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David Foster Wallace worked surprising turns on nearly everything: novels, journalism, vacation. His life was an information hunt, collecting hows and whys. "I received 500,000 discrete bits of information today," he once said, "of which maybe 25 are important. My job is to make some sense of it." He wanted to write "stuff about what it feels like to live. Instead of being a relief from what it fe ...more
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“If you spend enough time reading or writing, you find a voice, but you also find certain tastes. You find certain writers who when they write, it makes your own brain voice like a tuning fork, and you just resonate with them. And when that happens, reading those writers—not all of whom are modern . . . I mean, if you are willing to make allowances for the way English has changed, you can go way, way back with this— becomes a source of unbelievable joy. It’s like eating candy for the soul. So probably the smart thing to say is that lucky people develop a relationship with a certain kind of art that becomes spiritual, almost religious, and doesn’t mean, you know, church stuff, but it means you’re just never the same.” 168 likes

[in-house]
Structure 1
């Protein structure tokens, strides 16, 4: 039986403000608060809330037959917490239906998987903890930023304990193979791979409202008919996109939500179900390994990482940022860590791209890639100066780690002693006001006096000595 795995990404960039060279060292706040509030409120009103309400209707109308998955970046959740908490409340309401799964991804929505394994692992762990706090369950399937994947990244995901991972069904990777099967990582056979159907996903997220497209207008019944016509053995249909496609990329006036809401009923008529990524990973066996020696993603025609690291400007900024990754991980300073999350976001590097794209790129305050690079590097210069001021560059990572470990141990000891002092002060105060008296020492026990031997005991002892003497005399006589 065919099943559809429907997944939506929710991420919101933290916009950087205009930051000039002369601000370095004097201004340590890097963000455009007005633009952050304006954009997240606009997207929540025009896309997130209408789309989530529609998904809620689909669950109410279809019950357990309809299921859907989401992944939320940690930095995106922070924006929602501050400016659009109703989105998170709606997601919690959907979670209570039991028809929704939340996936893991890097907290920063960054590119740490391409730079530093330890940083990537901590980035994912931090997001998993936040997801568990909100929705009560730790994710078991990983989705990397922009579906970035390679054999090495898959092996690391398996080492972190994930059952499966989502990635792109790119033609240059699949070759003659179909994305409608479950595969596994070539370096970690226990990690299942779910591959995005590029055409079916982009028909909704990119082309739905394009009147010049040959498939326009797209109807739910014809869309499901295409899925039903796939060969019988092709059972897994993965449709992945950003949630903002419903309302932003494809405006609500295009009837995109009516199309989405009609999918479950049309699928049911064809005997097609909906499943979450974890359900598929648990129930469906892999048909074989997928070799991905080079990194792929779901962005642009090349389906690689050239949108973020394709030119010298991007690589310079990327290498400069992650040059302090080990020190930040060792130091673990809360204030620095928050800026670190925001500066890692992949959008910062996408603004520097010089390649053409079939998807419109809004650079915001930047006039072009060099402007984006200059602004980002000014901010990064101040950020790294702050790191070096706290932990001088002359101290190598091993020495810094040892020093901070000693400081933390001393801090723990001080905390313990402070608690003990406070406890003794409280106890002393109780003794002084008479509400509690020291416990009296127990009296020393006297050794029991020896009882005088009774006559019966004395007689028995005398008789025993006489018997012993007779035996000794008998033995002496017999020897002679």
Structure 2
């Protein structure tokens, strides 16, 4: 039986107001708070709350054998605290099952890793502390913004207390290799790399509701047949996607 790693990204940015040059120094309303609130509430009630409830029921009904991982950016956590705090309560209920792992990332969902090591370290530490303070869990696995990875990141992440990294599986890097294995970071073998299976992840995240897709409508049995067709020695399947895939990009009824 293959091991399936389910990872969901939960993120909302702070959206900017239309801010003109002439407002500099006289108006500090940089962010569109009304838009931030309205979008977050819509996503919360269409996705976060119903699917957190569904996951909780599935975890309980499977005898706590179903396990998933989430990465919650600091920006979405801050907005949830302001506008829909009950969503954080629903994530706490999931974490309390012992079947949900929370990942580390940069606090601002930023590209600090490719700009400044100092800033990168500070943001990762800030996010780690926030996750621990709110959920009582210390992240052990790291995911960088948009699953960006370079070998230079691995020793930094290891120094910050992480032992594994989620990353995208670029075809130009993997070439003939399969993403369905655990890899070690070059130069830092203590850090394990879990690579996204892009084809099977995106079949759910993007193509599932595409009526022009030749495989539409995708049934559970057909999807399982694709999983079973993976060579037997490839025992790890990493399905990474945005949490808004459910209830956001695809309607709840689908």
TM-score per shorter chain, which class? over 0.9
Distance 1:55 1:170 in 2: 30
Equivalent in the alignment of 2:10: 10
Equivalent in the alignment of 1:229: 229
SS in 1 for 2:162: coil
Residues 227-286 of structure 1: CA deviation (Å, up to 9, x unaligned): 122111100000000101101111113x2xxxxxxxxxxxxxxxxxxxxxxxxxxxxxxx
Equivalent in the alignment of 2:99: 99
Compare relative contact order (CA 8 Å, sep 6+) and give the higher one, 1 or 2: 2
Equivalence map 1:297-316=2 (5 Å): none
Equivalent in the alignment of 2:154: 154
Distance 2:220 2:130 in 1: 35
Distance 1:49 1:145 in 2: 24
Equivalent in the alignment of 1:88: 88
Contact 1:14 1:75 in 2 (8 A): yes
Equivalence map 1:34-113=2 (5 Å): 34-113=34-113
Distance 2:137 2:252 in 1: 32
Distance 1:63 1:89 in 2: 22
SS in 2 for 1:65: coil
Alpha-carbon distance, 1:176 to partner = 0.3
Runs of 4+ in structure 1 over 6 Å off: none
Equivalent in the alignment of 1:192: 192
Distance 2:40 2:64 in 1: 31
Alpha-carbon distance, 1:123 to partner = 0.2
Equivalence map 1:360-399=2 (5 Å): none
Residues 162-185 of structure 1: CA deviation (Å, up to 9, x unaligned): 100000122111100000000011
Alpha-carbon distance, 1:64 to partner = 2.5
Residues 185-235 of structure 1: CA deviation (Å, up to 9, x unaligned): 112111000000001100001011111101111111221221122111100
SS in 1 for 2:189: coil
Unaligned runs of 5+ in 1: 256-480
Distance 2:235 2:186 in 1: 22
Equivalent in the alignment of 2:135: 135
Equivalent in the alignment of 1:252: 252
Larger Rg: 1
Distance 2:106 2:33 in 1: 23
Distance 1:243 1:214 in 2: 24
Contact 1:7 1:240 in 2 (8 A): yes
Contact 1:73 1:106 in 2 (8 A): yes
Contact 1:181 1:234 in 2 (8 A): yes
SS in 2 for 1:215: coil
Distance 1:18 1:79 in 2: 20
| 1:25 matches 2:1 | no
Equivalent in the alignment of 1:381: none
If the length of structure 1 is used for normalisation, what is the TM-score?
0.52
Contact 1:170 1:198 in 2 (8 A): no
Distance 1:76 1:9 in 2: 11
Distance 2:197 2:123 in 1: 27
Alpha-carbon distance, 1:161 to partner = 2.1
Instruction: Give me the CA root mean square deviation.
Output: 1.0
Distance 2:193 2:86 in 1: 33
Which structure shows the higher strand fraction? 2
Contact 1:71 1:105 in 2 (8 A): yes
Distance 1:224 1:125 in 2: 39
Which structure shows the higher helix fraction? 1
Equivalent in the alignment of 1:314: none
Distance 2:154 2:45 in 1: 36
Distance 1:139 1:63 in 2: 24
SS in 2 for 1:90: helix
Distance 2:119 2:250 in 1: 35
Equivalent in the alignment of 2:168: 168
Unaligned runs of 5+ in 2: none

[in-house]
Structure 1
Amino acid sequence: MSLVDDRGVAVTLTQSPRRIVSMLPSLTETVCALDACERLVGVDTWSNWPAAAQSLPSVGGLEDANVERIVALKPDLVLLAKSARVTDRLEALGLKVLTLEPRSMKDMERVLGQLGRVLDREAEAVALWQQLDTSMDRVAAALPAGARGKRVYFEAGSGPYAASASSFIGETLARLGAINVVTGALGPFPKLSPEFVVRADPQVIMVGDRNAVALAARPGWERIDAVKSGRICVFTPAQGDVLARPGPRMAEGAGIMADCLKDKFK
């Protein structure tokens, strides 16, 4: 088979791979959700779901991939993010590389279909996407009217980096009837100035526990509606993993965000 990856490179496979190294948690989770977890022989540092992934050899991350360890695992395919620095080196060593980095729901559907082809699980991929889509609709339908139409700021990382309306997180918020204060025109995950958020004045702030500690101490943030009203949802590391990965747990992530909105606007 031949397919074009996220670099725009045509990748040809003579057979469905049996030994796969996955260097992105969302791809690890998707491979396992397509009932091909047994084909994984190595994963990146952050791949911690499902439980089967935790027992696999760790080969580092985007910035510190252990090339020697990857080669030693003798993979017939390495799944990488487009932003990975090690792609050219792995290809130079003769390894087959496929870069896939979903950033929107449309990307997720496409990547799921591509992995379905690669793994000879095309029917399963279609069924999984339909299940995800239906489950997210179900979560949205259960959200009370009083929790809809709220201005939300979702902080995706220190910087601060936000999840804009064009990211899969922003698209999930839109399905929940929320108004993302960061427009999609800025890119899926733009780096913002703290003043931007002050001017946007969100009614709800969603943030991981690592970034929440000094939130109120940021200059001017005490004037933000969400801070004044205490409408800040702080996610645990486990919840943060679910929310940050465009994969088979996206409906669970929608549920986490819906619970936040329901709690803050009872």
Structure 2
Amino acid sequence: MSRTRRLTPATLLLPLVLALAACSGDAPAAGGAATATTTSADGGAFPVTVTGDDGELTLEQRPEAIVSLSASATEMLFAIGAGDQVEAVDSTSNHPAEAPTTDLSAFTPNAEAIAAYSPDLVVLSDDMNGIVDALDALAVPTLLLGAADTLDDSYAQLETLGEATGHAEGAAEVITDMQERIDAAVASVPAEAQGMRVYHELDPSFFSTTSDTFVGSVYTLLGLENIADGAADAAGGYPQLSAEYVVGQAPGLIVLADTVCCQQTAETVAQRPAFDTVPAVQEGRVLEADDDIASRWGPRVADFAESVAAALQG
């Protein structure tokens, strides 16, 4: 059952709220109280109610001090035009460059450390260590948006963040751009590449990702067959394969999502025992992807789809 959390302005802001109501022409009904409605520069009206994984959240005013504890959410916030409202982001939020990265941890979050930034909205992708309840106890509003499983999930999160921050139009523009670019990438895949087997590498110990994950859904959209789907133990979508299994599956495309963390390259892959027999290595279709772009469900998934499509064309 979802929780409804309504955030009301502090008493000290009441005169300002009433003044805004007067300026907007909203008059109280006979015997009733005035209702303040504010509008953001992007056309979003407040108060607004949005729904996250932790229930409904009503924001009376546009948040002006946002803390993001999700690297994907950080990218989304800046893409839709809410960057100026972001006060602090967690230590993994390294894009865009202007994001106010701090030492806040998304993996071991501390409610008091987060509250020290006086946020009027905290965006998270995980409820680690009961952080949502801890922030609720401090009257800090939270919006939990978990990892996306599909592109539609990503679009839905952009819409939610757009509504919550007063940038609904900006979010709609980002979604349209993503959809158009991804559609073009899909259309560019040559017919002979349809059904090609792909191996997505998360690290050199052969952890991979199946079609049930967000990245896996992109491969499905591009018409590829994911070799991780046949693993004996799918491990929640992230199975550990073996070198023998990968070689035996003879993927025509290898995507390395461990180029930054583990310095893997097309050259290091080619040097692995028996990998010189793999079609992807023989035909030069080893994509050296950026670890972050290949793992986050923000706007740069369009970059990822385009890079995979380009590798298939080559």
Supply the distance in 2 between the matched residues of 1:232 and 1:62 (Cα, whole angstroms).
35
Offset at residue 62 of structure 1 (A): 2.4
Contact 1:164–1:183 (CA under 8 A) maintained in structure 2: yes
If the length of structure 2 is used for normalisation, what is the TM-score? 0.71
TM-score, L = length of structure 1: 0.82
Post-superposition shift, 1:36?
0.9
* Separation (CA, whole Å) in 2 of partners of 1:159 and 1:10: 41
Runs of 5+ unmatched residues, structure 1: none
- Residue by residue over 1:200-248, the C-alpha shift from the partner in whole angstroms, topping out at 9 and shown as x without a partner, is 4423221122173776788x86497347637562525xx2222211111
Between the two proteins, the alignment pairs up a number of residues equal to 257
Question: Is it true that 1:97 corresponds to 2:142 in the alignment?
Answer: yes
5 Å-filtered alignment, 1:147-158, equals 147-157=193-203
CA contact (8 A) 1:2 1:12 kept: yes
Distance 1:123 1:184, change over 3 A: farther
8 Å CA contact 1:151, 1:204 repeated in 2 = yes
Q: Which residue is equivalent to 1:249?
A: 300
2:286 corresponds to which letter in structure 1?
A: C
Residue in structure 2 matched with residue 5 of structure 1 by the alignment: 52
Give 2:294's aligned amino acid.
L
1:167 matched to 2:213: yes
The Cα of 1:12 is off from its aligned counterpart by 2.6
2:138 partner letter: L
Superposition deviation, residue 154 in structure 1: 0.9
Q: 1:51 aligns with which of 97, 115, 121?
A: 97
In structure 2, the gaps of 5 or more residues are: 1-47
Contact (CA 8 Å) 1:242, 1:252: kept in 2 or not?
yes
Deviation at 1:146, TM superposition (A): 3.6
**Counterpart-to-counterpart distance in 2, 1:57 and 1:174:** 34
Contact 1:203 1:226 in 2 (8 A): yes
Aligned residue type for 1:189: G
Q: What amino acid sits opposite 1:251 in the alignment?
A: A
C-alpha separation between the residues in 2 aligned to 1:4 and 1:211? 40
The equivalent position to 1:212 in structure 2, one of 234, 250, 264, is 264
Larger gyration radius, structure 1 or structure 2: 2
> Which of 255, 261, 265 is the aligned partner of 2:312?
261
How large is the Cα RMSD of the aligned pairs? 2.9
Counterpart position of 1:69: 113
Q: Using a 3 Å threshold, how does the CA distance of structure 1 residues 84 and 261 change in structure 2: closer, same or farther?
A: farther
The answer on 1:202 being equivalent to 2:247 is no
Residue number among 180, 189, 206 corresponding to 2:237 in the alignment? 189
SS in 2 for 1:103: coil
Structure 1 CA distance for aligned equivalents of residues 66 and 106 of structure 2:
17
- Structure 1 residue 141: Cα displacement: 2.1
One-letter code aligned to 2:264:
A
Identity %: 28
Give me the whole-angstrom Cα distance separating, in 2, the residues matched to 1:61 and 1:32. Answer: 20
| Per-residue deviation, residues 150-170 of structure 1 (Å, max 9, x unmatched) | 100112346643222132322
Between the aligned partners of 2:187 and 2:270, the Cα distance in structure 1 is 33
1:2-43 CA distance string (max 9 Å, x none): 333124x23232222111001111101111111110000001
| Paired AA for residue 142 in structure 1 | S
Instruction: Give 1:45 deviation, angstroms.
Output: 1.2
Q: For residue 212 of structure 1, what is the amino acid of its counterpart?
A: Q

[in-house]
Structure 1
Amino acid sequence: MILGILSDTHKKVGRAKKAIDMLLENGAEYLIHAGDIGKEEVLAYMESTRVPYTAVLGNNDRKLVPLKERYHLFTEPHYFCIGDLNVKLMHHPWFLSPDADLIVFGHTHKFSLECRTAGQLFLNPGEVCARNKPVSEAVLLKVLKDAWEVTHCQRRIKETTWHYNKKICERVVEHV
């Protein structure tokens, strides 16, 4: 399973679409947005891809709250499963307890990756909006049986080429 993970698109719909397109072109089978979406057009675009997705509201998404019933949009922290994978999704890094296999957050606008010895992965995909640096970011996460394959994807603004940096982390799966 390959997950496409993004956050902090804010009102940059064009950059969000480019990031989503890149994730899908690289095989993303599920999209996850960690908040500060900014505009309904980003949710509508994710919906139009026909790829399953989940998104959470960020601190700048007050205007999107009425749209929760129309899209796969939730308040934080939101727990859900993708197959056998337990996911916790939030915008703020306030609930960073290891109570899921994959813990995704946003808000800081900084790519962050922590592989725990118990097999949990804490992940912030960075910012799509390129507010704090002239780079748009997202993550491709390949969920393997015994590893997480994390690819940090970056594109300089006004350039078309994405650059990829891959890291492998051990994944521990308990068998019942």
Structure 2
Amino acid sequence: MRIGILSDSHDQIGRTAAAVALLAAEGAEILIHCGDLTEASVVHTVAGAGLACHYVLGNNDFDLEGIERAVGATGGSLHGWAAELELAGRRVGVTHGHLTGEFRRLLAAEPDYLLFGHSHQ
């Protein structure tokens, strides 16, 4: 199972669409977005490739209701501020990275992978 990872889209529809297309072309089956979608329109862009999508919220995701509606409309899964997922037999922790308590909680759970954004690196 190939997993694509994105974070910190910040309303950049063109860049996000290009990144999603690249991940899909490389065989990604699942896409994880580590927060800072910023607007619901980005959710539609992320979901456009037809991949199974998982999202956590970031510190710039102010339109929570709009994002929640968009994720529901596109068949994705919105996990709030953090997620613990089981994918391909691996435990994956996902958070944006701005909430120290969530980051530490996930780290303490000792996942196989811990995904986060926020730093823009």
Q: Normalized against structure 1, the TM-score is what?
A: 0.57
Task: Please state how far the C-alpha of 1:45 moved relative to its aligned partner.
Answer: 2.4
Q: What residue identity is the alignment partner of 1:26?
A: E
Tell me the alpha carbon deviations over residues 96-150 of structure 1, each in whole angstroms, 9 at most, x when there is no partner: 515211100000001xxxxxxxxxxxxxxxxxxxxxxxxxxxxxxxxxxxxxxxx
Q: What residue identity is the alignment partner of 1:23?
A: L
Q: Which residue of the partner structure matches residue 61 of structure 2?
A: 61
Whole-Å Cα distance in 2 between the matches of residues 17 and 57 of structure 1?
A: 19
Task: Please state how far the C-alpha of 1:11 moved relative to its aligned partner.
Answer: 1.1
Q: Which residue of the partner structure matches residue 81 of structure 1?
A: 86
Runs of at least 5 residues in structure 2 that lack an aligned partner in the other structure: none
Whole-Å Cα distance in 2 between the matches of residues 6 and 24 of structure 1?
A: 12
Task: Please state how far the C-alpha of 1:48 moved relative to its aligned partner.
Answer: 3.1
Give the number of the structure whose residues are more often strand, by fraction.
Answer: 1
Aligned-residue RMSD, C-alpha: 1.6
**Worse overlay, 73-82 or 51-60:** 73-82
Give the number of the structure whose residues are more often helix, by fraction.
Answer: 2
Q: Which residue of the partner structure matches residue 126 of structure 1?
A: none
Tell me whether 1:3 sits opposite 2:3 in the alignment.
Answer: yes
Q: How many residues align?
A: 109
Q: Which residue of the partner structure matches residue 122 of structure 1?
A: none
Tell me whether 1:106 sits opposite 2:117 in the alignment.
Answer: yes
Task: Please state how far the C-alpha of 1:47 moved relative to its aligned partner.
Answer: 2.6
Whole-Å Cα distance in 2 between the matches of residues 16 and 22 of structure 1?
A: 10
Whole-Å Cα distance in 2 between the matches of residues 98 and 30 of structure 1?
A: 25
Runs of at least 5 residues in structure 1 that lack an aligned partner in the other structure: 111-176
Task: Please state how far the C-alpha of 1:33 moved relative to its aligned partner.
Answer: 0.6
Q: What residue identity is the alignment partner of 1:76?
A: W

“Reading is a very strange thing. We get talked to about it and talk explicitly about it in first grade and second grade and third grade, and then it all devolves into interpretation. But if you think about what’s going on when you read, you’re processing information at an incredible rate.

One measure of how good the writing is is how little effort it requires for the reader to track what’s going on. For example, I am not an absolute believer in standard punctuation at all times, but one thing that’s often a big shock to my students is that punctuation isn’t merely a matter of pacing or how you would read something out loud. These marks are, in fact, cues to the reader for how very quickly to organize the various phrases and clauses of the sentence so the sentence as a whole makes sense.”